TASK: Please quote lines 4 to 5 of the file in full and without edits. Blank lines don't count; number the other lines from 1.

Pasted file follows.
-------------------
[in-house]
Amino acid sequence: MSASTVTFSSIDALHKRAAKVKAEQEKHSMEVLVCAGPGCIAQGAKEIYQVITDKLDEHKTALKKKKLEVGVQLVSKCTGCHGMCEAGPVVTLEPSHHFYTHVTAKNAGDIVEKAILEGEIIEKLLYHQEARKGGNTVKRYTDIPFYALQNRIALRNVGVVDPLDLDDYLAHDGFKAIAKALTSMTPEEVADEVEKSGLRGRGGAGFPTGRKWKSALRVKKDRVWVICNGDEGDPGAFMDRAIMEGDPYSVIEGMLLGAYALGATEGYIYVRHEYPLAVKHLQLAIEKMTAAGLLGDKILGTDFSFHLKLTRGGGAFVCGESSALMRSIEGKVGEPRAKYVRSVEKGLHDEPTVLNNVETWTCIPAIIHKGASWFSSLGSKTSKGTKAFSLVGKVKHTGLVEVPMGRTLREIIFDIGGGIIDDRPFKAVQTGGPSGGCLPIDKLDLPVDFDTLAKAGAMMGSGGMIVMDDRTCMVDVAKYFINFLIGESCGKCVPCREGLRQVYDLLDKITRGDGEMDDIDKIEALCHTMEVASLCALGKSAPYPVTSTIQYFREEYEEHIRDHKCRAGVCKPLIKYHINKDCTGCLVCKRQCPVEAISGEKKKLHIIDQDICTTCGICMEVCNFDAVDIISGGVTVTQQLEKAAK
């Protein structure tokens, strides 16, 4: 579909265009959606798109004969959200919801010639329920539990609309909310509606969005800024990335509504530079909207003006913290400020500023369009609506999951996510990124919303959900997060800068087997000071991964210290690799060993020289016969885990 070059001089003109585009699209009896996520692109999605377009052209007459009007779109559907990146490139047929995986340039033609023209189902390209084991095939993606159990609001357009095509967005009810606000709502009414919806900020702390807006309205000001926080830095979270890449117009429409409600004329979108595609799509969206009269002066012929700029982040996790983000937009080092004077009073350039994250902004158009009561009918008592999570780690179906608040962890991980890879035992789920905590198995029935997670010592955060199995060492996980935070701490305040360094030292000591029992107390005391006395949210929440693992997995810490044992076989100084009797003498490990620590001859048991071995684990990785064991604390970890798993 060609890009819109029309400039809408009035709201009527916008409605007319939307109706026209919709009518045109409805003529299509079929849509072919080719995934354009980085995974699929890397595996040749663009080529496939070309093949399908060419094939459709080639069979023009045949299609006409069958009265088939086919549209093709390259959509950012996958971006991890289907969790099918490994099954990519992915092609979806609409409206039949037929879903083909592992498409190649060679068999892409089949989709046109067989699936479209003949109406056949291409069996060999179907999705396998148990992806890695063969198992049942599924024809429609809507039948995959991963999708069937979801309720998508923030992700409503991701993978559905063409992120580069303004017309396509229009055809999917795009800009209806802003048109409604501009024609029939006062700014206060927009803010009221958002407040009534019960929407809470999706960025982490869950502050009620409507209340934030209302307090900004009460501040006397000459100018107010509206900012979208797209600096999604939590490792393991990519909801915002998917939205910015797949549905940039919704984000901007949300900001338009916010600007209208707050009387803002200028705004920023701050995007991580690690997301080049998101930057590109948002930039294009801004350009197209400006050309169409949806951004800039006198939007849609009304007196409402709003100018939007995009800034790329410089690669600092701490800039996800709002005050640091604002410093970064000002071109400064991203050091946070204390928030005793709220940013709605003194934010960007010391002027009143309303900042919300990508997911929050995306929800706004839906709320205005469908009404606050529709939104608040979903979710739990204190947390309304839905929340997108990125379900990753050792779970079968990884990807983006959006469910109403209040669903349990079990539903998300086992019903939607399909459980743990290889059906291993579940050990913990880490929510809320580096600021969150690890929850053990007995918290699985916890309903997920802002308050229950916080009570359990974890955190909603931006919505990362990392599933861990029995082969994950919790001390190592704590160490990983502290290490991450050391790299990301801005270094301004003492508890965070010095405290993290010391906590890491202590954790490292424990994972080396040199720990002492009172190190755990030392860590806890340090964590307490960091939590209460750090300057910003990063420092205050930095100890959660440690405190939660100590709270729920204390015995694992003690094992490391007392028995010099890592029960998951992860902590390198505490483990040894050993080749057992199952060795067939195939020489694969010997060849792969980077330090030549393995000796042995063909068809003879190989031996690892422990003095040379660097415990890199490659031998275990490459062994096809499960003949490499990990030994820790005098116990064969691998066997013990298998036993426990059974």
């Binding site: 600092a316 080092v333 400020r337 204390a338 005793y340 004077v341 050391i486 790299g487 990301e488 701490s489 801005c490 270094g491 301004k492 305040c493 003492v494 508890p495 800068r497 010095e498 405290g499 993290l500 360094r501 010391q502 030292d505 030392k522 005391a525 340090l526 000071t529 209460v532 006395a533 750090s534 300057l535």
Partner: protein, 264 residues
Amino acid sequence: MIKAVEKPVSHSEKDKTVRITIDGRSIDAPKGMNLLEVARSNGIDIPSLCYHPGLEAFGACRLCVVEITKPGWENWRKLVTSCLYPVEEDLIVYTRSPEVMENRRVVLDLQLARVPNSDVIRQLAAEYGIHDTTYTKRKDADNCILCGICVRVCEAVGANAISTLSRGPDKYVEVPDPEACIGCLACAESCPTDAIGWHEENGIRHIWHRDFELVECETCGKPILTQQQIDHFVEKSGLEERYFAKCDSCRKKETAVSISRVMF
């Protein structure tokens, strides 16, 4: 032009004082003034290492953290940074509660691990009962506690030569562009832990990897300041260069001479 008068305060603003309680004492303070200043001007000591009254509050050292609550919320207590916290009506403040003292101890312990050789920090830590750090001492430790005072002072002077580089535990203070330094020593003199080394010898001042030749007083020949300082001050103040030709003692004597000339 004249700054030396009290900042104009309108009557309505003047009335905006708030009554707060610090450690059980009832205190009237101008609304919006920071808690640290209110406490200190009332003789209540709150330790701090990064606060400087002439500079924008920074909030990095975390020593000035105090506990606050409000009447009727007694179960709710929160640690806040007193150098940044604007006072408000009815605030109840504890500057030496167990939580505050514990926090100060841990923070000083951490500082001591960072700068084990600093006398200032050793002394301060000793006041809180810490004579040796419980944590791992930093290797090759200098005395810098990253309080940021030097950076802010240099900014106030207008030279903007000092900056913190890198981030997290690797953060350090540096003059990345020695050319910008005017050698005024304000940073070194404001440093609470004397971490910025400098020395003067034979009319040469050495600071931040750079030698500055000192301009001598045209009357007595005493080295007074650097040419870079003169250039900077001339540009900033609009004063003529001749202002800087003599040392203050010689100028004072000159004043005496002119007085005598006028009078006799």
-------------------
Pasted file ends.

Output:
């Binding site: 600092a316 080092v333 400020r337 204390a338 005793y340 004077v341 050391i486 790299g487 990301e488 701490s489 801005c490 270094g491 301004k492 305040c493 003492v494 508890p495 800068r497 010095e498 405290g499 993290l500 360094r501 010391q502 030292d505 030392k522 005391a525 340090l526 000071t529 209460v532 006395a533 750090s534 300057l535």
Partner: protein, 264 residues